They didn't flip the boat, but the 34th America's Cup match went through another somersault yesterday as Team New Zealand teetered on the edge of disaster.
Just as many were beginning to think Team NZ had one hand firmly locked around the Auld Mug, they came precariously close to scuttling their campaign with one miscued tack. The near-capsize reminded us all of just how on the edge the AC72 racing machines are - given that one small mistake can mean the end, victory won't be assured until they have nine points on the board.
With yesterday's second race terminated early in the third leg because of strong winds, it was hard to get a gauge of what effect, if any, the near-miss had on Team NZ. So they head into another day of racing today with plenty of unanswered questions, adding another layer of intrigue to what has been a fascinating battle.
Will the incident rattle Team NZ? Will Oracle's win prove a momentum shifter? Have the Cup defenders nullified the Kiwi boat's upwind advantage through their desperate last-ditch modifications?
Oracle skipper Jimmy Spithill believes while his team remain 6-0 down in the series (yesterday's win was not counted on the scoreboard as part of their penalty imposed by the international jury), the result changes everything.
It wasn't just the win that gave Spithill cause for confidence. After a couple of subtle modifications to the boat during Saturday's lay day, USA-17 looked to be quicker upwind yesterday, and their crew-work was much sharper.
"This is a key moment for us in the regatta, we clearly made a big step in the boat's performance, the crew are sailing better, we didn't get off the line well and it didn't faze the guys one bit," said Spithill.
"We've been saying in-house that we don't care what the scoreline is, we can still win races, and we're going to fight the whole way to the end."
While it was the first time in the regatta Team NZ returned to the sheds after a day of racing without at least one point in the bag, the Kiwi crew appeared remarkably relaxed about yesterday's passage of events.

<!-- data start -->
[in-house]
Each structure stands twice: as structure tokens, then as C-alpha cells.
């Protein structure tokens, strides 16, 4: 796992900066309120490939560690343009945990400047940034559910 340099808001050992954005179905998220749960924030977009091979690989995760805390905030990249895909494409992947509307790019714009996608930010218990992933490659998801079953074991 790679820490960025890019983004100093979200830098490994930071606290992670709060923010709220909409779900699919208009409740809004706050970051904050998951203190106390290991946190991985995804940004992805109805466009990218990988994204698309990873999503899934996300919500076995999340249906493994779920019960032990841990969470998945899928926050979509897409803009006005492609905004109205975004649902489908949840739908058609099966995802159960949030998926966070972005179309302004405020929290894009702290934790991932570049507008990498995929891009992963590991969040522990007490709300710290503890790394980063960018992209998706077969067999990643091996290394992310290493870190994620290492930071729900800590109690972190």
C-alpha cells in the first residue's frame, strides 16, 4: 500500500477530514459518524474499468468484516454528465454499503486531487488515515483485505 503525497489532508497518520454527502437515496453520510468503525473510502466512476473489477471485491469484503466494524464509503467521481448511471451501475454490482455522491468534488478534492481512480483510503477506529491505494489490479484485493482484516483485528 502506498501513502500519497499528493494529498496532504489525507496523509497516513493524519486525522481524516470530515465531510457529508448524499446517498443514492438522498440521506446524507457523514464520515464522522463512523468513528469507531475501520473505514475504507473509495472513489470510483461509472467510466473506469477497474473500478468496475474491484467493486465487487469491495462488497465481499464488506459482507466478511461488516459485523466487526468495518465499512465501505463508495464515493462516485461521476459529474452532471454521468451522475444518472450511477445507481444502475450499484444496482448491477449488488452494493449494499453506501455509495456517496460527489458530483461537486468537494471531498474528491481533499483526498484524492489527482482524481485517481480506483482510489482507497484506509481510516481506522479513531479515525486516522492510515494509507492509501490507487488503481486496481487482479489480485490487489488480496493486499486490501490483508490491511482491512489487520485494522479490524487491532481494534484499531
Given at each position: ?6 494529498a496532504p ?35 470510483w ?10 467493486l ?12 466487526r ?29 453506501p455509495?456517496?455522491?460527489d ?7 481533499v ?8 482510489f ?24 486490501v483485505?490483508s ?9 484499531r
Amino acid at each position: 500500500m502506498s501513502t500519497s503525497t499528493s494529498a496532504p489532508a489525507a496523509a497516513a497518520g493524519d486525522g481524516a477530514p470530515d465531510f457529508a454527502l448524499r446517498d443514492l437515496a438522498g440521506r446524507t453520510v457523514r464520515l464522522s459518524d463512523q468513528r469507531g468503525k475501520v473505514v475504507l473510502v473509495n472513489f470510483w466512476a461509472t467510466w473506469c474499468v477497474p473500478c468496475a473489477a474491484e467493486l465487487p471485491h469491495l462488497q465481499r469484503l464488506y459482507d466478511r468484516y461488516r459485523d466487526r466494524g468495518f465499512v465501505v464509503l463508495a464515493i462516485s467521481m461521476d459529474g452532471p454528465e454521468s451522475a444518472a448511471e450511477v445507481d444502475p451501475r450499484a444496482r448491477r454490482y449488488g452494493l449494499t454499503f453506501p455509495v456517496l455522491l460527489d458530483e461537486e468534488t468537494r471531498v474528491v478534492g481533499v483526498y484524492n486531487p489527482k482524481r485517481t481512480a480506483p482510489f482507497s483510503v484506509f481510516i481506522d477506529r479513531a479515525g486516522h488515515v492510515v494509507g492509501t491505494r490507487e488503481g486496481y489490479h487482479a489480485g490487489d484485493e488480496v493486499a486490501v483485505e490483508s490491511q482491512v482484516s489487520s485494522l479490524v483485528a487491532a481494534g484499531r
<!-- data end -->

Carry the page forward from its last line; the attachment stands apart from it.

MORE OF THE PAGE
They acknowledge they came within half a degree of tipping out of the regatta, but tactician Ray Davies stresses that is the nature of racing in these AC72 catamarans.
Davies said the way his team responded after their setback in the opening race of the day meant they would head into today's two races with a lot of confidence.
Team NZ could have opted to play their postponement card and headed back into the shore to regroup, but they shrugged off the incident and got straight back into it for race two. The Kiwi crew were looking in pretty good shape, too, before high winds forced the termination of the race. Dean Barker won the start after fiercely protecting the leeward end of the line, and they didn't hold back down the first run, hitting speeds of more than 47 knots to lead by seven seconds at the bottom mark.
They were looking comfortable on the upwind leg as well before the race committee pulled the plug because the winds exceeded the prescribed 22.6-knot limit.
"We need to think of the whole day's racing in context - we took a lot out of the day," said Davies. "That second race we felt we had our wheels back upwind and we had a pretty healthy lead when the race got terminated."
Team NZ need three more wins to take the America's Cup. Oracle have now wiped their two-point penalty and any further wins for the defenders will be scored.